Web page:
Last week’s photographic contribution from Tell-Tale Hearts guitarist Eric Bacher of the band and audience at Greenwich Village West, ca. 1984 — salvaged from a vintage contact sheet — omitted some great shots of the band, including a grainy image of keyboardist/harmonica player Bill Calhoun.
Posts Tagged ‘San Diego music’
(A double-header: Che Underground: The Blog talks to two of our scene’s pre-eminent tattoo artists. If you’d like your story told, e-mail firstname.lastname@example.org!)
Mike Stobbe: I’ve been at Avalon Tattoo for almost 23 years now. I started tattooing in 1987, a few years after I graduated high school. My technique is just sort of a mix of my personal style, lots of comic/cinema influence, punk-rock childhood images, lots of different mish-mashed stuff. I like to think that I don’t have a particular style even though people have told me they could tell I did a tattoo. I guess that’s an evident style, but I like to be good at any kind of tattoo anyone might want me to do. It keeps my options open as far as what kind of work I get to do, as opposed to being “this guy” or “that guy.” It makes my job different all day long. That keeps me interested, I guess.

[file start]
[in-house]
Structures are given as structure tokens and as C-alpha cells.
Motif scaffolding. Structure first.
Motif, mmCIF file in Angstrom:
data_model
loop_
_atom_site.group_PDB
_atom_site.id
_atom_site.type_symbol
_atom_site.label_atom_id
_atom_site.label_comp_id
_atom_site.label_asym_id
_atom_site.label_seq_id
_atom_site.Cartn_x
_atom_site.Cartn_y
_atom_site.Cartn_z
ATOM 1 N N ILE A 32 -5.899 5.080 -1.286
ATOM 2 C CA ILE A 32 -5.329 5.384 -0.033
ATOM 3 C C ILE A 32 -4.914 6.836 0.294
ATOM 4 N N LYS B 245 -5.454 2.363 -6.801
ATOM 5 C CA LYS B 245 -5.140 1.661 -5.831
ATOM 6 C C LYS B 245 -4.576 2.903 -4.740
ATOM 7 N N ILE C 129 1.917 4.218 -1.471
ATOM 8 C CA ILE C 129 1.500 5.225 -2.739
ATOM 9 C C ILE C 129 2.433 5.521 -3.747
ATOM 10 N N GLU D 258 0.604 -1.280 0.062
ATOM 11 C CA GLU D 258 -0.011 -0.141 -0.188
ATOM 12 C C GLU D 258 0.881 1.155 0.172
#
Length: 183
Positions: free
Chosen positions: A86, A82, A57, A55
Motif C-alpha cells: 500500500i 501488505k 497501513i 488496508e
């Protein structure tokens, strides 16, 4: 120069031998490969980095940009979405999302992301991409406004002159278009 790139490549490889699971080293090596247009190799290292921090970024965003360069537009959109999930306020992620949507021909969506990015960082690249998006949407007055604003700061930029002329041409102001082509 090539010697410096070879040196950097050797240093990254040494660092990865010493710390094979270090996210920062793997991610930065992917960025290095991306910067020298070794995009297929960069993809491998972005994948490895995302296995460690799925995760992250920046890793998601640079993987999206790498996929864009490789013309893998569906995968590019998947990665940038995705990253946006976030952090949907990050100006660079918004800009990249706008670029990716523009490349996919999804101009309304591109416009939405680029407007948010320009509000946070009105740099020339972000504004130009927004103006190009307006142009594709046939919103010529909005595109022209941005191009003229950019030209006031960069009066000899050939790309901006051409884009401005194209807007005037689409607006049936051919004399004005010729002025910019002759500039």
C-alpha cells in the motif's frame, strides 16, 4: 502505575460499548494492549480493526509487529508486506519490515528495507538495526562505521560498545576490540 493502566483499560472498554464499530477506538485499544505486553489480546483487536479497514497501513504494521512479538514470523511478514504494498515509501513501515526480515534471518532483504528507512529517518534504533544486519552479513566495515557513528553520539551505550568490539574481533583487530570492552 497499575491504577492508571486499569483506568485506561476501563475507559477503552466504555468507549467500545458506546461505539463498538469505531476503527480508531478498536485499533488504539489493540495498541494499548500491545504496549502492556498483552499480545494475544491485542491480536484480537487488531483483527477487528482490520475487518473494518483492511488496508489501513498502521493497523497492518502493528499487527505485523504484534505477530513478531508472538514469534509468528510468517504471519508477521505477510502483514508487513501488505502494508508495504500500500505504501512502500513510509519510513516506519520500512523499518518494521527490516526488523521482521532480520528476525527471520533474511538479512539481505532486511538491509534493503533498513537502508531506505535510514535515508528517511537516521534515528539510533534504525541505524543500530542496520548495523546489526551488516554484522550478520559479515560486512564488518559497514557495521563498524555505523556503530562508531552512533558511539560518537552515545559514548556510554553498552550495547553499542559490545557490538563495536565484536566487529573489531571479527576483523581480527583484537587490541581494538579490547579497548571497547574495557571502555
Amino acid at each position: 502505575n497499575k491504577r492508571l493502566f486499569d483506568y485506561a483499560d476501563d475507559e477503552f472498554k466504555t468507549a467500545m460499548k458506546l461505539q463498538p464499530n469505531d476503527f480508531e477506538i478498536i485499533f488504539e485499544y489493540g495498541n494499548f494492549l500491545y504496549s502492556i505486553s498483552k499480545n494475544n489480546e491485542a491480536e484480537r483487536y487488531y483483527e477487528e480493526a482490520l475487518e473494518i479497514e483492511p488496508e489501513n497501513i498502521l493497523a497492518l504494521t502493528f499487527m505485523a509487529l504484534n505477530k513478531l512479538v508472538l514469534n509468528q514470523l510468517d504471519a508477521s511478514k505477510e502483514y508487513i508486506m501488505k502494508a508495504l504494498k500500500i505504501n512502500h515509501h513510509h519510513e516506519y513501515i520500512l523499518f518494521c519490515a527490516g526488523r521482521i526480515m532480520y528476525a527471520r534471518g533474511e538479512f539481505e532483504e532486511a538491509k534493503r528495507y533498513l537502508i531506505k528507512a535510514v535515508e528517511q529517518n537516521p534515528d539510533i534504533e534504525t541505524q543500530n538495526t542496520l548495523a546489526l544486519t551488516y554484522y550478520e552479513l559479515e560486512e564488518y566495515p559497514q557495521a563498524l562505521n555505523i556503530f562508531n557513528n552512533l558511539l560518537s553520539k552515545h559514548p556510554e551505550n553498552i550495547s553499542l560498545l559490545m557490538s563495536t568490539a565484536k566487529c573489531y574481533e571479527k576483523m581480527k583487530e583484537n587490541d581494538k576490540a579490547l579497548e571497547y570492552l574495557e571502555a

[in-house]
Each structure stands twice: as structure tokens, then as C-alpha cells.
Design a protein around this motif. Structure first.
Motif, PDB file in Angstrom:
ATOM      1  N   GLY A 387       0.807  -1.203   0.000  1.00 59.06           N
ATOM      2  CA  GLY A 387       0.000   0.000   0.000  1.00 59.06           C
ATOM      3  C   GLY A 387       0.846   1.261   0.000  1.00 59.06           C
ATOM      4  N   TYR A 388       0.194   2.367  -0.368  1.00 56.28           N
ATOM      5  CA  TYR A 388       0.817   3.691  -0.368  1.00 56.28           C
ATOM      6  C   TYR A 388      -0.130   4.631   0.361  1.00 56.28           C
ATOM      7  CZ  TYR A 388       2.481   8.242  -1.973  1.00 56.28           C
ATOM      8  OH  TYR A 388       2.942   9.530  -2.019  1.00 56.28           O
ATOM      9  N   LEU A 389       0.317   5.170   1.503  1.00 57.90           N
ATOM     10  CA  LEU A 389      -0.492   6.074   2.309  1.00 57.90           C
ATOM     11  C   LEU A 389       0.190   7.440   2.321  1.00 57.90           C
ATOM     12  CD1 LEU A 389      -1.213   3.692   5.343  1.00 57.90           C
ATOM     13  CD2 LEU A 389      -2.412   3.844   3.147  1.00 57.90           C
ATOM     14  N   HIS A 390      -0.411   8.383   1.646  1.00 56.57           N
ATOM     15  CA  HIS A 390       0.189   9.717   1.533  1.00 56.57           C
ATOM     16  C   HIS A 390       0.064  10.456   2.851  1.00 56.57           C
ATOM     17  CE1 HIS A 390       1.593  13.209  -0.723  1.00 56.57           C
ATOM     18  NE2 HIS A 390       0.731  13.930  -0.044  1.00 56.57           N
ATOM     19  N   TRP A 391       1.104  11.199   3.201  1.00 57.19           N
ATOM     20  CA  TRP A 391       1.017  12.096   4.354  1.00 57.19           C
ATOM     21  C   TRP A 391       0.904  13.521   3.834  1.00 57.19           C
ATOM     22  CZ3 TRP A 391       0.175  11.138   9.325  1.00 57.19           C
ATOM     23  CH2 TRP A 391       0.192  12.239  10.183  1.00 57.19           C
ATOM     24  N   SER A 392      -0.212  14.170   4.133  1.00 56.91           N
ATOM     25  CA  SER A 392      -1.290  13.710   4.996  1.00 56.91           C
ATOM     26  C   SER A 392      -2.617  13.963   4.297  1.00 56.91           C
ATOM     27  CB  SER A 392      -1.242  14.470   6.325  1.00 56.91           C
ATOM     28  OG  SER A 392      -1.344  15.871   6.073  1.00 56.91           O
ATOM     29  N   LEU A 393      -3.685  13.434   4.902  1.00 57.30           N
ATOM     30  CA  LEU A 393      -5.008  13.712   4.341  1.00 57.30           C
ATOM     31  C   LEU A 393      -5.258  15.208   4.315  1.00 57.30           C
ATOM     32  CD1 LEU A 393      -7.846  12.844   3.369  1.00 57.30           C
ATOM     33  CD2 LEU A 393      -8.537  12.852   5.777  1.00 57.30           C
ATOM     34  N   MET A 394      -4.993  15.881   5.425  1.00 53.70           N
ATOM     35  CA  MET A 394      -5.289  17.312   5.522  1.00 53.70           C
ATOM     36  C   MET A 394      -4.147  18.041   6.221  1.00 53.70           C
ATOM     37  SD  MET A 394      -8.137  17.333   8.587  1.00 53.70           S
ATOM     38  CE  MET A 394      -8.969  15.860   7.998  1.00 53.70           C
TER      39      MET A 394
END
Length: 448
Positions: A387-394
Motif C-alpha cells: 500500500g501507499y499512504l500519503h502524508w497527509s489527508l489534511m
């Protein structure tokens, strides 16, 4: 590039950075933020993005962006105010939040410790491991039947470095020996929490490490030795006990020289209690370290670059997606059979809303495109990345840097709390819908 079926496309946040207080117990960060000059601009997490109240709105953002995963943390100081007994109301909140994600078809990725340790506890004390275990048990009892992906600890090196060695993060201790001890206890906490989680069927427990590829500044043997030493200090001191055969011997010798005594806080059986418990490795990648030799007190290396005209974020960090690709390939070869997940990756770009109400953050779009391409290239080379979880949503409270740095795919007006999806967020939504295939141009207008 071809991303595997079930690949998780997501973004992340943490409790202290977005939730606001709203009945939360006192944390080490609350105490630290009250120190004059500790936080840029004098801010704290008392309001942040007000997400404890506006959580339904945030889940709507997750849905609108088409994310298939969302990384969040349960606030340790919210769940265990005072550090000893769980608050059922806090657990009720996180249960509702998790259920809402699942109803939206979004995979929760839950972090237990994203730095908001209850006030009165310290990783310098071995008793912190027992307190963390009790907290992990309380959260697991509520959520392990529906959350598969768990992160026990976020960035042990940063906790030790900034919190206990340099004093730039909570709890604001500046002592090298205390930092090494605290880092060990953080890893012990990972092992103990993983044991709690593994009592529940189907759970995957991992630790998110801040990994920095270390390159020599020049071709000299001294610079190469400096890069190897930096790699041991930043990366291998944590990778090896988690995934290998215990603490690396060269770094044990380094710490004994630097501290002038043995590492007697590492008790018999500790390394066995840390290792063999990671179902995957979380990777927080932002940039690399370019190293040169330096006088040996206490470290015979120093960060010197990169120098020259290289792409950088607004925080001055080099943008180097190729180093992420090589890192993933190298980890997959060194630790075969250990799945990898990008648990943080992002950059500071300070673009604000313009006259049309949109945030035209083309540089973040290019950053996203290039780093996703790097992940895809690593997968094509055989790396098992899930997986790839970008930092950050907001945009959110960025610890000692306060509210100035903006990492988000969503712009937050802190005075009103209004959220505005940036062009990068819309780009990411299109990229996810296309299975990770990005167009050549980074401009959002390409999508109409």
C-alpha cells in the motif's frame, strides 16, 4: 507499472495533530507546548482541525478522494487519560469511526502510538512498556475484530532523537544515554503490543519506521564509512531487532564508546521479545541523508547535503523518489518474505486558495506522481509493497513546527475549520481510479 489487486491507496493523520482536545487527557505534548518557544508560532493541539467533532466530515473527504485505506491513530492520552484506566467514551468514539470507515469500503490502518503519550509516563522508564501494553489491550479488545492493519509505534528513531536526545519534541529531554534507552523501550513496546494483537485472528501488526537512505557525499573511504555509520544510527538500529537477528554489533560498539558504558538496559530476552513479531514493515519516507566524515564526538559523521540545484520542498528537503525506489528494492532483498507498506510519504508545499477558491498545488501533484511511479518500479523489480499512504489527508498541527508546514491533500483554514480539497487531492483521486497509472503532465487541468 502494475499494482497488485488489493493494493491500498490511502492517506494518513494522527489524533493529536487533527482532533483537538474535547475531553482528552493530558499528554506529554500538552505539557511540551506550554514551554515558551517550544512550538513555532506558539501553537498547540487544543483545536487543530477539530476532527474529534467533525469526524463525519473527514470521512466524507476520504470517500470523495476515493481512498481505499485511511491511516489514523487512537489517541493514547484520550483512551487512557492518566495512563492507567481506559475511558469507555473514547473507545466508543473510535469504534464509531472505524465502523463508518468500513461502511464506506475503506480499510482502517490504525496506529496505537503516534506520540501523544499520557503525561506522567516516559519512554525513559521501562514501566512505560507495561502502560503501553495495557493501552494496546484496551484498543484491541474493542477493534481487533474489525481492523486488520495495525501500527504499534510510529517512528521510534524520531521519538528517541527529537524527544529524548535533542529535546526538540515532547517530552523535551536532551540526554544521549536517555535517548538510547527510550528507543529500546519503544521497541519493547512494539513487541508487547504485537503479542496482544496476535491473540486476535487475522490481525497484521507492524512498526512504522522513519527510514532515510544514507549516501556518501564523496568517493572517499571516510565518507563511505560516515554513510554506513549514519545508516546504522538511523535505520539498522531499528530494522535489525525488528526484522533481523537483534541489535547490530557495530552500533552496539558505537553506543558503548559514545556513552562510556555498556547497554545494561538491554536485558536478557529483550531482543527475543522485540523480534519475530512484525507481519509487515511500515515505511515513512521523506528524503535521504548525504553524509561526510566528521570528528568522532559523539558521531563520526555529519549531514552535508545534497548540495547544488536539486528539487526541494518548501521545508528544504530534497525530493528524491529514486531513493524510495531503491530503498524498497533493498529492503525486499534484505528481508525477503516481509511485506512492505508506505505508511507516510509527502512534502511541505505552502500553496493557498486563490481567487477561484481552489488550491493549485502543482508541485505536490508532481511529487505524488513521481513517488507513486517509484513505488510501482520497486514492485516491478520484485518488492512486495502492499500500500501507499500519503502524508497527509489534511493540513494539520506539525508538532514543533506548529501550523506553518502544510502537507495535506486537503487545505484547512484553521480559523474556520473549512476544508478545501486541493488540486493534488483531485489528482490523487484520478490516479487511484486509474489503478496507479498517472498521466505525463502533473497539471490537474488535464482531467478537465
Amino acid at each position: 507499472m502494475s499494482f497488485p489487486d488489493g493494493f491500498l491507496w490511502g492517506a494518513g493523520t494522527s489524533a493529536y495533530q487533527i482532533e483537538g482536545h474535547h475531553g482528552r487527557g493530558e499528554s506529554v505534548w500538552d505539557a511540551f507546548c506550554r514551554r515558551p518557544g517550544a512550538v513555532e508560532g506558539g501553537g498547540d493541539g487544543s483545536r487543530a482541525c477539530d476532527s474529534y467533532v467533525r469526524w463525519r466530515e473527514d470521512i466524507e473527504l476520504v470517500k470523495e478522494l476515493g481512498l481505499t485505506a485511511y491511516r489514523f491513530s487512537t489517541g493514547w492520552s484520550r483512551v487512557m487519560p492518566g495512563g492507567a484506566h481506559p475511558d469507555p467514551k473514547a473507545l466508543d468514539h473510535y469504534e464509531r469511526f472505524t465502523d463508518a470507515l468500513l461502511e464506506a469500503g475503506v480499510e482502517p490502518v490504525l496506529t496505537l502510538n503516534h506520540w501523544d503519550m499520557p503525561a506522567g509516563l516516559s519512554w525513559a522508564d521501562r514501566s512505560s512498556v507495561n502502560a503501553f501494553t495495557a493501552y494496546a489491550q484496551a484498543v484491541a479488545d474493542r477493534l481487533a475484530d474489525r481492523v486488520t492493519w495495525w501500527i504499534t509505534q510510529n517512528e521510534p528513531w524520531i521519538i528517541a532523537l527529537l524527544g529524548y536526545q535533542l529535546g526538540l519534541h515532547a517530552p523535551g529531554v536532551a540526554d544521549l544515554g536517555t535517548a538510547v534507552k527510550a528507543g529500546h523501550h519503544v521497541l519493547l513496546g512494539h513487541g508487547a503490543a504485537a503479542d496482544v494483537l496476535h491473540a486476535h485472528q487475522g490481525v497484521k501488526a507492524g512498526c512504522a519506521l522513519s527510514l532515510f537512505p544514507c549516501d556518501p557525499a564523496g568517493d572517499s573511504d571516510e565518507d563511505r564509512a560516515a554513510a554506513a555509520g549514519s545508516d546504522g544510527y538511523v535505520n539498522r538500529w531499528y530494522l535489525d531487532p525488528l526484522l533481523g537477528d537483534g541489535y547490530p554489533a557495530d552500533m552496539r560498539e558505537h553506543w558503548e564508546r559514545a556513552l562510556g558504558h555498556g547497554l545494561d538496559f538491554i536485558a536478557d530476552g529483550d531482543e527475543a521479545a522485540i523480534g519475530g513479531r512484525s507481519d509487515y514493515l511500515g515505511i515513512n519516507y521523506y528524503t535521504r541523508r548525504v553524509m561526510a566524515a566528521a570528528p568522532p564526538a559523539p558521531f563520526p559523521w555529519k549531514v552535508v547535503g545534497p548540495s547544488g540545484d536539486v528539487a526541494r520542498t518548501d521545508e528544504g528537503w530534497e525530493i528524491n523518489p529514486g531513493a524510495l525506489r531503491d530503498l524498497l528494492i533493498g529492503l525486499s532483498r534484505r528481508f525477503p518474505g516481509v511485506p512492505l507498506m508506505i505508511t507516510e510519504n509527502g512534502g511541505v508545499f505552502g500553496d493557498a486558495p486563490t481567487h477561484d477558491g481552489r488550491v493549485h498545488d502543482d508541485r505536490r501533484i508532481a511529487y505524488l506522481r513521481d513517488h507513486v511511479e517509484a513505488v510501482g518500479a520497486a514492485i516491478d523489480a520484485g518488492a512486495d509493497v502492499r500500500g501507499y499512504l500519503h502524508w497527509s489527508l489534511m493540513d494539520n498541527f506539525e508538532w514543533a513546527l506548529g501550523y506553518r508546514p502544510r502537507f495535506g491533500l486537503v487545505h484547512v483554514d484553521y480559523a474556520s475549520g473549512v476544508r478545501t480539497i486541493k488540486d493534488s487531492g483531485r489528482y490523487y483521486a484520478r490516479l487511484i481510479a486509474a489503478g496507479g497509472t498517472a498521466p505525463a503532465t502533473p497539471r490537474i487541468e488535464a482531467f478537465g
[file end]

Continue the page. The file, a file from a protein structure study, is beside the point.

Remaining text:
Bobby Lane: I learned little by little, I picked up what little information I could gather and started by experimenting on myself, basically. Not the best way, but many of us have taken this route. I don’t suggest it, but then again, I don’t suggest anyone become a tattoo artist. I got good enough to get a job, which is where the learning process really began.
(Bart Mendoza invites you out for an evening of free music to celebrate the debut of “String Theory.”)
For this special show, the band will perform two sets. In the first, the quartet will play the new album in its entirety, plus a few old favorites. In the second, Wendy Bailey & True Stories will be joined by special guest musicians for a run through of a dozen choice R&B and rock-‘n’-roll classics — a different guest for each song.
“String Theory” is the debut album from Wendy Bailey & True Stories, featuring lead guitarist and vocalist Wendy Bailey; bassist Billy Fritz; guitarist Bart Mendoza (Manual Scan, the Shambles et al.); and drummer Danny Cress (the Coyote Problem, Skid Roper and more).